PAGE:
Saturday, March 23, 2013

Would-be kingmaker makes ass of self

The tales are as old as time, the stories are there every election cycle and every year in between as well. There are always powerful and wealthy people pulling strings, trying to bend the political system to their will. And according to many others, they do so quite effectively. Recent examples include the "notorious" Koch brothers, George Soros, Rush Limbaugh, Warren Buffet, Rupert Murdoch, and Ron Perelman, to say nothing of various principles at companies like Goldman Sachs.

It's tough to really prove the arguments, though, that elections are easily manipulated by powerful people with a lot of money. After all, Romney did lose the last one and there's little question that he had access to such people, that they were on his "side." As I noted prior to Election Day, Goldman Sachs monies were all over Romney, but Obama still won:
Which brings us to the current Election. Goldman Sachs' level of access in the Obama Administration is well-documented. So what's with the reversal of fortune for the Obama Campaign? After receiving over $1 million in GSM during 2008, the campaign has now received less in 2012 than McCain did in 2008. Meanwhile, Romney is apparently receiving all of the support that was once Obama's.
But that's Presidential politics; there are a lot of States and a lot of other players to contend with, so it's no easy thing to manipulate the system. At the State and local levels, things are very different, there's often less attention, and there's just more bang for the buck, when it comes to funding campaigns.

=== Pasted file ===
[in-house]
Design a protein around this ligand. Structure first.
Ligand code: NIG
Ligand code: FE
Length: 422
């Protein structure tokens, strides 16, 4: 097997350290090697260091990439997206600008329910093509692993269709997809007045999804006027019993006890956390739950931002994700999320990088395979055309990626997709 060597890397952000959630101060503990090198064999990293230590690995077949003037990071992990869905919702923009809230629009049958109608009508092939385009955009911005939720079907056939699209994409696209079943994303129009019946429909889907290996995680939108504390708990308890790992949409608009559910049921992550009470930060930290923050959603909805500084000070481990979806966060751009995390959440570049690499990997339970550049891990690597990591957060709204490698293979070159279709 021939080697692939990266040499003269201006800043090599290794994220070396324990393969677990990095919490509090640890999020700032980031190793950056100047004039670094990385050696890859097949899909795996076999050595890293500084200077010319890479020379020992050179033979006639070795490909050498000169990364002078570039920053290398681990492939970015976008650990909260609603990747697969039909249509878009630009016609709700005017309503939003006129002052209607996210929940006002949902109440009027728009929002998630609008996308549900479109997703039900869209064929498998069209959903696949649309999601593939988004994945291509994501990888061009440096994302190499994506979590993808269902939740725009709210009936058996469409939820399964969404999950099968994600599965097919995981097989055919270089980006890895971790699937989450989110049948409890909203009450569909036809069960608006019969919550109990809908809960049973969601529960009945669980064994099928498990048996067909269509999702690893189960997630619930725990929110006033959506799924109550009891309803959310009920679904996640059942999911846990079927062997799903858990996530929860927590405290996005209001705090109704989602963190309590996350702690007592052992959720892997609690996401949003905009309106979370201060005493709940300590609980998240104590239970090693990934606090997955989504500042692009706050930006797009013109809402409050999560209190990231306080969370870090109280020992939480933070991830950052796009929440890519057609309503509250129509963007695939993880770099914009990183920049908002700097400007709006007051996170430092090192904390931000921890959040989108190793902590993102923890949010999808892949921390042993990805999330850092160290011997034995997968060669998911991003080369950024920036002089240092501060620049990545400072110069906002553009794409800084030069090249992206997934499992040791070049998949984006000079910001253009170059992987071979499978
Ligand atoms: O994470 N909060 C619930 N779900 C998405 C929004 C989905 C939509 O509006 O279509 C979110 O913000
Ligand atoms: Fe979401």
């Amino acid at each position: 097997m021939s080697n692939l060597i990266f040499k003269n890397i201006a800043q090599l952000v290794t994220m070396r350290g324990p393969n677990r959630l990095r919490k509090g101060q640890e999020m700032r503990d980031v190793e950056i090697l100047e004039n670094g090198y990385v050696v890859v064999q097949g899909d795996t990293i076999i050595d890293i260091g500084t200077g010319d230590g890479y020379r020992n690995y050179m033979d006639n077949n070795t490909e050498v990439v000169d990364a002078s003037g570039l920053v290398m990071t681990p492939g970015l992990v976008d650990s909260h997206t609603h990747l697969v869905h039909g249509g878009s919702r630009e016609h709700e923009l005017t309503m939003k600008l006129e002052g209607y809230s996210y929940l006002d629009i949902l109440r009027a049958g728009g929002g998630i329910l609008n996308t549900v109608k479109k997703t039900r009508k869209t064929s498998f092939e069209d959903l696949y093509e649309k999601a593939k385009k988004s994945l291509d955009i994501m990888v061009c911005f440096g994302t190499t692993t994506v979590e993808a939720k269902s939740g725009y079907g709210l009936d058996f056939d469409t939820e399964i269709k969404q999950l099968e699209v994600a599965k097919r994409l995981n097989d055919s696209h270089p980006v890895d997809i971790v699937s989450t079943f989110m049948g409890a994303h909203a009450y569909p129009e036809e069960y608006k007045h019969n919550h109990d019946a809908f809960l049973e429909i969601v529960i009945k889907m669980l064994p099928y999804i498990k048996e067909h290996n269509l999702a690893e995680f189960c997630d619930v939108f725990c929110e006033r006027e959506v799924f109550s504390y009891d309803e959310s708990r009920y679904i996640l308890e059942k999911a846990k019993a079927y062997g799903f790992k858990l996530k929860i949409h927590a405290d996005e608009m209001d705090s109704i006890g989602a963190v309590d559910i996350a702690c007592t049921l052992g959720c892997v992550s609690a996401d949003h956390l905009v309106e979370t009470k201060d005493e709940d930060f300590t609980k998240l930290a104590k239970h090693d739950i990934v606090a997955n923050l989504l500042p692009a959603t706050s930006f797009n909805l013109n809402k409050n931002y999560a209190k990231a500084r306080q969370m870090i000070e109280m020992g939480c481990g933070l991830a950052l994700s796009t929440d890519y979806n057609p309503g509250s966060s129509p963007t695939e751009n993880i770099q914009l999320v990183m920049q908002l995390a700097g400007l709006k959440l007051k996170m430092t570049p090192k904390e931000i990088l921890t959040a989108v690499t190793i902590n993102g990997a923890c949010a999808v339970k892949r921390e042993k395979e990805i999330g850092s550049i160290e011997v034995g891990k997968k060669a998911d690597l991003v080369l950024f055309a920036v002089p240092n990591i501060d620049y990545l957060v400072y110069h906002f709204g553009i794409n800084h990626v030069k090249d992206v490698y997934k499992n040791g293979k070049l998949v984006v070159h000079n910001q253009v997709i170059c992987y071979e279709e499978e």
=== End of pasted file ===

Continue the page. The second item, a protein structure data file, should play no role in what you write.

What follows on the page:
And in this regard, the real point of control is often in the primaries, especially when those primaries concern an office in a district or State that is viewed as a stronghold or an easy win for one party or the other. Consider the primary contest in 2010 for the Senate seat up for grabs in Florida. Everyone knew early on that there were no serious contenders on the side of the Democrats; it was all about the Republican primary between Crist and Rubio. And therein lies the tale to tell.

I would argue that Rubio topped Crist in that race largely because Crist made too many mistakes and because Rubio proved to be a far more formidable foe than most expected. But it is also true that big money and active support came to Florida from various people we might call the "conservative (or Republican) elites." This included Mitt Romney and--most notably--folks linked to the Heritage Foundation. The question: was the support of these people a consequence of who Rubio was, of his ideas and ideology, or did it come unattached as a means of taking control of Rubio, of "buying" him as it were.

Again, it seems to me that it was very much the former. Regardless, Rubio has proven I think that he is in no one's pocket since his election to the Senate. Meanwhile, Crist has rebranded himself a Democrat--after years of being something of a political hobo--and now plans to run again for the governorship of Florida as a Democrat.

But sometimes, it's very, very clear when someone with deep pockets is trying to control things, to either insure that the "right" candidate wins or that the "wrong" candidate doesn't.

The Keystone pipeline remains a contentious issue; despite all of the evidence indicating that it's a good idea, despite all of the costly analysis proving the construction would not be "environmentally disastrous" or the like, there are hard-core environmentalists types still actively opposing it. And where is their current battleground? Why in Massachusetts, of course...